The cannabinoid system plays an important role in memory processes, many studies have indicated that cannabinoid receptor ligands have ability to modulate memory in rodents. A nonapeptide hemopressin (Hp) derived from rat brain, acts as a peptide antagonist or selective inverse peptide agonist of cannabinoid 1 (CB1) receptor. N-terminally extended forms of Hp isolated from mouse brain, (m)RVD-hemopressin(α) (RVD) and (m)VD-hemopressin(α) (VD) also bind CB1 receptor, however, as peptide agonists. Here, we investigated the roles of Hp, RVD, and VD on memory in mice using novel object recognition (NOR) and object location recognition (OLR) tasks.
In normal young mice, intracerebroventricular (i.c.v.) infusion of Hp before training not only improved memory formation, but also prolonged memory retention in the tasks, these effects could be inhibited by RVD or VD at the same dose and intraperitoneal (i.p.) injection of a small molecule agonist of CB1 receptor WIN55, 212-2 15 min before administration of Hp inhibited the memory-improving effect of Hp. In addition, under the same experimental conditions, i.c.v. RVD or VD displayed memory-impairing effects, which could be prevented by Hp (i.c.v.) or AM251 (i.p.), a small molecule antagonist of CB1 receptor.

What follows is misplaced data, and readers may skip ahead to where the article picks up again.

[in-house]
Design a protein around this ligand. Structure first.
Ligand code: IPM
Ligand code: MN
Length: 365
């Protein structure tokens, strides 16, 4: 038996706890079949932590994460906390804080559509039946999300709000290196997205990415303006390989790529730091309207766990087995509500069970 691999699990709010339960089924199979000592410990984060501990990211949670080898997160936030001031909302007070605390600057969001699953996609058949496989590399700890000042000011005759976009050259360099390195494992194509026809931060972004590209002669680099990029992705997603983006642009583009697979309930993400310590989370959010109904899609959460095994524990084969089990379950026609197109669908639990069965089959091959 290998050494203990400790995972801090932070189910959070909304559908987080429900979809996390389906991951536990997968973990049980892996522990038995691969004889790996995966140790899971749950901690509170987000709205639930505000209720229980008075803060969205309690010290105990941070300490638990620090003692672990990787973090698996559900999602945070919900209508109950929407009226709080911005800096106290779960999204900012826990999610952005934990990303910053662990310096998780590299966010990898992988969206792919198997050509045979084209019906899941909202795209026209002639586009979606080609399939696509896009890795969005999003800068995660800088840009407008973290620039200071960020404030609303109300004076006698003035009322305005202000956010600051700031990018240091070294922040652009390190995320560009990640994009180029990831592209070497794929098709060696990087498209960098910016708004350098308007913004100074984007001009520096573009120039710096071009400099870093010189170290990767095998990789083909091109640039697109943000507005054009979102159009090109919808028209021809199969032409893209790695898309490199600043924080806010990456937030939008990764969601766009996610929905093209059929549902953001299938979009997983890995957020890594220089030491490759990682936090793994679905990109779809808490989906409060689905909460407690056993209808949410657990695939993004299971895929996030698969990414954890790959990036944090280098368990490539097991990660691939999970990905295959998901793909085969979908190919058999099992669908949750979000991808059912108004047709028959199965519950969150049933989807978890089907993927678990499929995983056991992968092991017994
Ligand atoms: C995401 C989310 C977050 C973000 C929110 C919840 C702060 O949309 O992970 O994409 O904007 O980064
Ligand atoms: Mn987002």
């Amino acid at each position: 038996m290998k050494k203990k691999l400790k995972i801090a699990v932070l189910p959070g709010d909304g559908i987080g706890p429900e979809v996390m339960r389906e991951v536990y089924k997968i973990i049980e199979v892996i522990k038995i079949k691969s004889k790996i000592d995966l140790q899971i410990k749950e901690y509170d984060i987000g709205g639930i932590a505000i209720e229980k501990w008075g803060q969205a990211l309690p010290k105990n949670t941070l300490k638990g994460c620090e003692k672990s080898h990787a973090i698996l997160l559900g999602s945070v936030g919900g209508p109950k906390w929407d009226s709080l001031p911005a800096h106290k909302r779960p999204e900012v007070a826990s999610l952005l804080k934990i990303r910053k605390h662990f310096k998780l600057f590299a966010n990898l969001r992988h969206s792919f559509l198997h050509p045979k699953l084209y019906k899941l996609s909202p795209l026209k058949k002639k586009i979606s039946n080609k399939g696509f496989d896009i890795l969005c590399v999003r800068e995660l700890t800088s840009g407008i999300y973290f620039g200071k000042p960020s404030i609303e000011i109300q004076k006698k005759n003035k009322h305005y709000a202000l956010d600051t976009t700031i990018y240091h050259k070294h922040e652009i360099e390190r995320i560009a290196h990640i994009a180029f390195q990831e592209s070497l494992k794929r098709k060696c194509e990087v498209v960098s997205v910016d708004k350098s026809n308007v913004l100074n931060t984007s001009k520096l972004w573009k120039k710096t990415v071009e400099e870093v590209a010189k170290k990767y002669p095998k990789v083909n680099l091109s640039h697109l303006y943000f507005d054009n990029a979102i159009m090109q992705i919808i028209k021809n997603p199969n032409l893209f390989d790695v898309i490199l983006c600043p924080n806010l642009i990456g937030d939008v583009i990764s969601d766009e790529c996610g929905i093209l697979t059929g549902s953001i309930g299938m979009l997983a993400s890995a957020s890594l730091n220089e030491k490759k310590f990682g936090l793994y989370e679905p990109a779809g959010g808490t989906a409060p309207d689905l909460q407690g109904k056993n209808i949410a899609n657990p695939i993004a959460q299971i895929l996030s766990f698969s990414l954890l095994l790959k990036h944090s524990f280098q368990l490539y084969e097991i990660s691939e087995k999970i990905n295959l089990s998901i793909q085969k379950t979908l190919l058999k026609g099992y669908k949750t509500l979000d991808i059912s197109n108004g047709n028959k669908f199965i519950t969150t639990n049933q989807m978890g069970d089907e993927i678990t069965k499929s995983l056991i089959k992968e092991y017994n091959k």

Infusion of amyloid-β (1–42) (Aβ1–42) 14 days before training resulted in impairment of memory in mice which could be used as animal model of Alzheimer's disease (AD). In these mice, RVD or VD (i.c.v.) reversed the memory impairment induced by Aβ1–42, and the effects of RVD and VD could be suppressed by Hp (i.c.v.) or AM251 (2 mg/kg, i.p.). Separate administration of Hp had no effect in Aβ1–42-treated mice.
The above results suggested that Hp, RVD and VD, as CB1 receptor peptide ligands, may be potential drugs to treatment of the memory deficit-involving disease, just as AD.